As they entered the salon car, they were questioned by a conductor, but Yan managed to bluster enough to ward him off. To assuage further suspicious, Rosaline, Yan, and Radovan briefly went back to their room, but the professor and the countess stayed for a drink. As they drank, they heard from another passenger than one of the passengers had died.
The others returned and the professor told the conductor that he needed to retrieve something from this luggage and the conductor, who seemed unsteady on his feet, shuffled aside. They entered the Fourgon and began to search, frantically looking for a coffin or something large enough for one. They found an unregistered crate, clearly large enough to contain a body. Radovan and Yan pried it open and found a coffin, padlocked shut, and the investigators forced it open. The coffin cracked open, revealing a layer of blood-soaked earth and...Le Comte, who opened his eyes and attacked.
Yan hurled garlic and Rosaline tried to stake the vampire, who clawed her across they face, dropping her with hideous wounds. The vampire leaped up and stared at Yan to no effect, and Radovan grabbed Yan's carbine and fired, blasting a hole in the vampire. The countess quickly bandaged Rosaline as the professor pulled out the Lover's Heart and, in Latin, intoned, "Tullius Corvus, go now to thy reward!" The red beam illuminated the vampire, spreading like a bloodstain across his body, and the shock of hearing his name was the last thing he knew as his body exploded into dust and the ancient monster was finally laid to rest.
In the chaos of the passenger death, the investigators were able to scatter the blood-soaked earth and destroy the coffin. They told the conductors that there had been an anarchist bomb in the unregistered coffin, and surprisingly their story was accepted. They finally went to sleep, knowing that one threat had been dealt with, but they were traveling straight into the maw of danger.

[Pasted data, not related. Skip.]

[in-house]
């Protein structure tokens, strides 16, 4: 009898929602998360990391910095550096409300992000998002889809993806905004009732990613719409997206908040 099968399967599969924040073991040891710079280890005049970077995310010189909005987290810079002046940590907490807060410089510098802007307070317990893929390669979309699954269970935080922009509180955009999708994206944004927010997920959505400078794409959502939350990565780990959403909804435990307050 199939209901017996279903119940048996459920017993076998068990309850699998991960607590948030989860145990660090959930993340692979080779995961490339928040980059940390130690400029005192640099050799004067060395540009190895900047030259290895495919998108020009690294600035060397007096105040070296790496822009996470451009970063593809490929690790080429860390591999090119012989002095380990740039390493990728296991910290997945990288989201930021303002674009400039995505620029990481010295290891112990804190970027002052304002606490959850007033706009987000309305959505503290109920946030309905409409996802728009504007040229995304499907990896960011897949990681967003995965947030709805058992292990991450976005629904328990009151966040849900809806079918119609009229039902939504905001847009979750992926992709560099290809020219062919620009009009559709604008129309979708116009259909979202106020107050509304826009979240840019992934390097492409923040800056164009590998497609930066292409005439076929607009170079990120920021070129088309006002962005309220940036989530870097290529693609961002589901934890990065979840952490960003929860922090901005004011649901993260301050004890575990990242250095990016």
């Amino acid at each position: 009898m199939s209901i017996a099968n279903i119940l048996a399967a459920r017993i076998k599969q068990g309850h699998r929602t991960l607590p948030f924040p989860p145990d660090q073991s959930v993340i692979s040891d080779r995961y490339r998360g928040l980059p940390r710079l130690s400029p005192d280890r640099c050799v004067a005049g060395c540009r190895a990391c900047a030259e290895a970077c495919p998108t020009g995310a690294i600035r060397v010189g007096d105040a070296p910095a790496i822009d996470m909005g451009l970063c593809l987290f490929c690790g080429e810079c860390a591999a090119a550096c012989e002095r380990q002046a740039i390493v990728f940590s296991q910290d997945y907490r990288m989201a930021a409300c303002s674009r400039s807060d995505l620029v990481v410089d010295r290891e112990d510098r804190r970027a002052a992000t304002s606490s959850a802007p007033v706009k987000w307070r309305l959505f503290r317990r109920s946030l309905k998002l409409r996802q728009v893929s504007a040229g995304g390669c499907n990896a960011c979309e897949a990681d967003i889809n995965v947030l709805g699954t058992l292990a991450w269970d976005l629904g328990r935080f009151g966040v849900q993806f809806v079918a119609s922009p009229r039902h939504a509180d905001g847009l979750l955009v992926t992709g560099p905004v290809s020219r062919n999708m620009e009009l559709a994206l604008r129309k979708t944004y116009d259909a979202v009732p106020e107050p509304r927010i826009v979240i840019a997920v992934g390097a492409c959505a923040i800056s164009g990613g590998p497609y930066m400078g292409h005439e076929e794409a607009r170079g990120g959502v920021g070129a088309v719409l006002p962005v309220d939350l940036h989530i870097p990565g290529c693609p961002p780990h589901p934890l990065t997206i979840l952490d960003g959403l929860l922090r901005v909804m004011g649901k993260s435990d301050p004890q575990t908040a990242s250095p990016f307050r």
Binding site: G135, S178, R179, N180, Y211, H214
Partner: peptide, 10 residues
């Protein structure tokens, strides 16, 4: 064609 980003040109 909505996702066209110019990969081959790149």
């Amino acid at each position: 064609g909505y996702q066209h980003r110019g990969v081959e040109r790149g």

Annals of the Fallen
- Gianni Abbadelli, Italian Vatican Parapsychologist, arm torn off by čudovište in Vinkovci, February 8th, 1923.
- Demir Sadik, Turkish Revolutionary/Field Medic, devoured by the living lair of the Baba Yaga in the forests outside Orašac, February 13th, 1923.
- Jazmina Moric, Croat Linguist, killed by a thrown grenade during a battle with the Butchers at Sofiiski Universet, February 15th, 1923.
On my hands and knees
God damn these vampires
For what they've done to me
I definitely thought we were going to lose Rosaline this session, but the countess pulled a clutch first aid roll at the last moment! And it's a good thing that none of us approached the windows. There's a lot of terrible things the vampire can do from the safety of outside the train.
Le Comte is finally dead (through the professor doesn't entirely think so, and he's followed us across Europe this far so I don't think it's entirely unreasonable to be suspicious). Now we just have the Brotherhood left to deal with. Just.
This is the first of our rose plants to flower.
The plant's name is Sheila.
I've been growing roses all my life.
I wear a necklace of rosewood.
In many ways, I am a rose.
Roses aren't naturally climbing plants, like bindweed or grapevines. They must be cared for, and bound to a structure. And I've learned that I need to give myself a structure, or I can't naturally climb.
I am a rose.
Roses need work. They must be pruned. The pruning is painful, but without it they won't flower.
I am a rose.
Nobody cares about dog-roses, nobody notices them, but they grow wild wherever they please. The popular roses that everyone admires are sterile and can't spread: they survive because they're grafted onto a dog-rose root. The roses nobody cares about are the roses that keep the others alive.
I am a rose.
I grew up near one of the biggest rose nurseries in the country, so everywhere there was me, there were roses too. I fell into many a rosebush while I was learning to ride a bike. I carefully grew one up the side of the house, a yellow rose with a mind of its own: soon I had to leave it to its own devices because it had grown taller than my arms could reach.
I am a rose.
When I was about six I had a dream of a concentration camp. I had been imprisoned, along with many other humans, by gaseous aliens who lived on methane. The armed guards would float around our cabins and the parade ground, terrifying us as much as they intimidated us.
Of course when you're sent to the camps, they take everything away from you: all your property as well as your dreams and your name. But I'd smuggled in one memento: a small twig of rosewood. I kept it in the pocket of my grey uniform and squeezed it tight whenever I was homesick.
One day I realised that roses have thorns. And that was the day I used the rosewood to burst and kill the guards at the gate, and run free into the outside world. One small piece of reality had torn a hole in the nightmare.
I am a rose.